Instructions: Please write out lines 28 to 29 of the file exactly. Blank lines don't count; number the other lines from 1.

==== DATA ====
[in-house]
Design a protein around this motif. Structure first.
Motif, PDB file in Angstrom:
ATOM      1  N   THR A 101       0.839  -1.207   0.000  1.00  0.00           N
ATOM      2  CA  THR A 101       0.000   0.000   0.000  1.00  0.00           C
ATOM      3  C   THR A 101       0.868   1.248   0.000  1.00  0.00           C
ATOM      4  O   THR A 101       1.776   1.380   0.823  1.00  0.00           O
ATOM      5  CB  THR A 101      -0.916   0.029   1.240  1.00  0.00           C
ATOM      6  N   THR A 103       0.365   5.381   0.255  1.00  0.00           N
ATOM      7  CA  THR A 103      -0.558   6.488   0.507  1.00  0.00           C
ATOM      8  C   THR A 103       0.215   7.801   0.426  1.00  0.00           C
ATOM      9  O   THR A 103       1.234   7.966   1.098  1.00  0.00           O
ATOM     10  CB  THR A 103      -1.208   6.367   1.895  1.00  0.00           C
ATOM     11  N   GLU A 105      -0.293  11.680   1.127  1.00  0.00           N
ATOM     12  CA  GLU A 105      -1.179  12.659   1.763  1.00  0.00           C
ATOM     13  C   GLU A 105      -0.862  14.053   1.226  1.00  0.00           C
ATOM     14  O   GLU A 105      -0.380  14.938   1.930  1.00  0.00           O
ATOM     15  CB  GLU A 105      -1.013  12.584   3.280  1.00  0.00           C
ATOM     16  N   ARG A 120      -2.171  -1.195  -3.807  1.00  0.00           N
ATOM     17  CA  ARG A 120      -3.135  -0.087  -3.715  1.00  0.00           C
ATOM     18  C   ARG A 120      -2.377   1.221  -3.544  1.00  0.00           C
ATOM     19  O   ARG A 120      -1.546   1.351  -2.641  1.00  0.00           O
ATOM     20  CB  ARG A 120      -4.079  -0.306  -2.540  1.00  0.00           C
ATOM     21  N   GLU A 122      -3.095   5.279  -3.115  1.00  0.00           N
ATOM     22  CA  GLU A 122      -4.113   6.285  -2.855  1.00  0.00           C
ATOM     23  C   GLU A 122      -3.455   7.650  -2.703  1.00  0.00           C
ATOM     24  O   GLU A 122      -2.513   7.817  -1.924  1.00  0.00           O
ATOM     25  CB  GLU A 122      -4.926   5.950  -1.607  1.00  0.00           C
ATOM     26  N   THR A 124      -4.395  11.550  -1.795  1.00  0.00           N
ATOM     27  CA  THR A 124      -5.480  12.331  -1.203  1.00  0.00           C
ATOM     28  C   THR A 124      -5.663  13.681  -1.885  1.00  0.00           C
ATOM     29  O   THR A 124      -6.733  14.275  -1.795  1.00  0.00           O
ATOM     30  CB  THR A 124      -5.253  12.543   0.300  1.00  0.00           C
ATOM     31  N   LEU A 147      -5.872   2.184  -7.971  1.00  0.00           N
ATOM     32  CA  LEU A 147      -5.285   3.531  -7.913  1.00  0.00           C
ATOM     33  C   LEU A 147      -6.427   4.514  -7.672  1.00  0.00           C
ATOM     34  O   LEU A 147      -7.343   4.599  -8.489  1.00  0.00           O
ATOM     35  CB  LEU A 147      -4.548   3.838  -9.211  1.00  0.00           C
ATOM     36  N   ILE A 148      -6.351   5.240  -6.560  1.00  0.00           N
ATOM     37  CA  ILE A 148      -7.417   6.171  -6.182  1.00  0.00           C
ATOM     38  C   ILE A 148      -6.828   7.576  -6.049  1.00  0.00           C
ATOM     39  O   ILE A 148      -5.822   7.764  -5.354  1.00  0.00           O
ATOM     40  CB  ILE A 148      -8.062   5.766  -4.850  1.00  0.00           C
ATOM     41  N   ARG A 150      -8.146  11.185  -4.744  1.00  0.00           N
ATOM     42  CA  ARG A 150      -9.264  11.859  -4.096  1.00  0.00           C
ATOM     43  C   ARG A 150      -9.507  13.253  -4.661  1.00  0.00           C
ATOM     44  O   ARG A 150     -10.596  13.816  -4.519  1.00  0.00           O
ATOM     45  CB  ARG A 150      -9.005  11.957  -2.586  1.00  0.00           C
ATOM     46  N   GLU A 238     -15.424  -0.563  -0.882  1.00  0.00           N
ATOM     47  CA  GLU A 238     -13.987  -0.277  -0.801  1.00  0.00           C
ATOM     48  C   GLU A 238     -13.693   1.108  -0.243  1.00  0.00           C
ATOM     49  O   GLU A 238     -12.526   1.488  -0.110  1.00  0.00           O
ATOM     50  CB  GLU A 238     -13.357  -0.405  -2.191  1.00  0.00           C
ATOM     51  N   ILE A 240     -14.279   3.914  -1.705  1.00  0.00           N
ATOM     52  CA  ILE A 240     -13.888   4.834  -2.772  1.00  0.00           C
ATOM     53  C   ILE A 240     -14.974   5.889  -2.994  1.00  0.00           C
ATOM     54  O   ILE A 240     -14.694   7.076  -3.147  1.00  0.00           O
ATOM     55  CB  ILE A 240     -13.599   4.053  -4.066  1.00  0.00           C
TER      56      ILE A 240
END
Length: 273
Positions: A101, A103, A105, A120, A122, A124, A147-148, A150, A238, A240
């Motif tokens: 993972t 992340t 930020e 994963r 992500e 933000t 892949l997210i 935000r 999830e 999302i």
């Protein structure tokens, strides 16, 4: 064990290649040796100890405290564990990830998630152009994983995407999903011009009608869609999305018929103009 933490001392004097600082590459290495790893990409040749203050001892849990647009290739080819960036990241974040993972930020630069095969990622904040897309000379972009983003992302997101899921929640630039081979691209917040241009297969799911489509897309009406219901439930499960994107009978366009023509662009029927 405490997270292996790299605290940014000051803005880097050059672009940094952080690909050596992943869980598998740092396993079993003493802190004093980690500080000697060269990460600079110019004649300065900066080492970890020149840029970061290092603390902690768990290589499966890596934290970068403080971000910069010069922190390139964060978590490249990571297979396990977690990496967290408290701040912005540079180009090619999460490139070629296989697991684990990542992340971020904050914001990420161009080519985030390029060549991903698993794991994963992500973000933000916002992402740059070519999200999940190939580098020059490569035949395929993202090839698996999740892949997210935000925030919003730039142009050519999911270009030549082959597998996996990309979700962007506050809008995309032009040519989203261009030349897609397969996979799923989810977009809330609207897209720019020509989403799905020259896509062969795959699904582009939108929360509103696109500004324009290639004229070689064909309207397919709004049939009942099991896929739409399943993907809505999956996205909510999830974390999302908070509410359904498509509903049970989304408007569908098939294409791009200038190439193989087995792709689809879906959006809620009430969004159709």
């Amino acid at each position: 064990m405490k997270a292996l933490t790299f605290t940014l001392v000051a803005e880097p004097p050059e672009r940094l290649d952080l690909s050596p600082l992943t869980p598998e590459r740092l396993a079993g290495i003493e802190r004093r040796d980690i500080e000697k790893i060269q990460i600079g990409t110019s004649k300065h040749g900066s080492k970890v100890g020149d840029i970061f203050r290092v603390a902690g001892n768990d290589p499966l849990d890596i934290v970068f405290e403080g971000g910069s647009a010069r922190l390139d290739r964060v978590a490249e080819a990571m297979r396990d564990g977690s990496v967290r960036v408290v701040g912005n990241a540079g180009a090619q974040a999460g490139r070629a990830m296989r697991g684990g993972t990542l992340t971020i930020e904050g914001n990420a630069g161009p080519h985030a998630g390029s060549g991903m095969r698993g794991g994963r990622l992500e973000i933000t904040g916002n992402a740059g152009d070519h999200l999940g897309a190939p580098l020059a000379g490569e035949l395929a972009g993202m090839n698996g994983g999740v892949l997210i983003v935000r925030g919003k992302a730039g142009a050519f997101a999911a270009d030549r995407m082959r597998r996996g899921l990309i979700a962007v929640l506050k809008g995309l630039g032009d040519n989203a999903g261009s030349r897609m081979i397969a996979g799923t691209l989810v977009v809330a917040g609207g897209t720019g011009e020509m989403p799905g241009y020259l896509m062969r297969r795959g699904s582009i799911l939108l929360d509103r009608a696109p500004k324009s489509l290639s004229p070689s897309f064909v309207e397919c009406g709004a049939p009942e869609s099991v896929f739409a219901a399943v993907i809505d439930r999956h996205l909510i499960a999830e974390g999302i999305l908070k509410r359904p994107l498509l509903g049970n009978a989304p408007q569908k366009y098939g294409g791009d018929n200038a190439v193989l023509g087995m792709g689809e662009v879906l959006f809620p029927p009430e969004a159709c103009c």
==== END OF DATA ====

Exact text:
ATOM     25  CB  GLU A 122      -4.926   5.950  -1.607  1.00  0.00           C
ATOM     26  N   THR A 124      -4.395  11.550  -1.795  1.00  0.00           N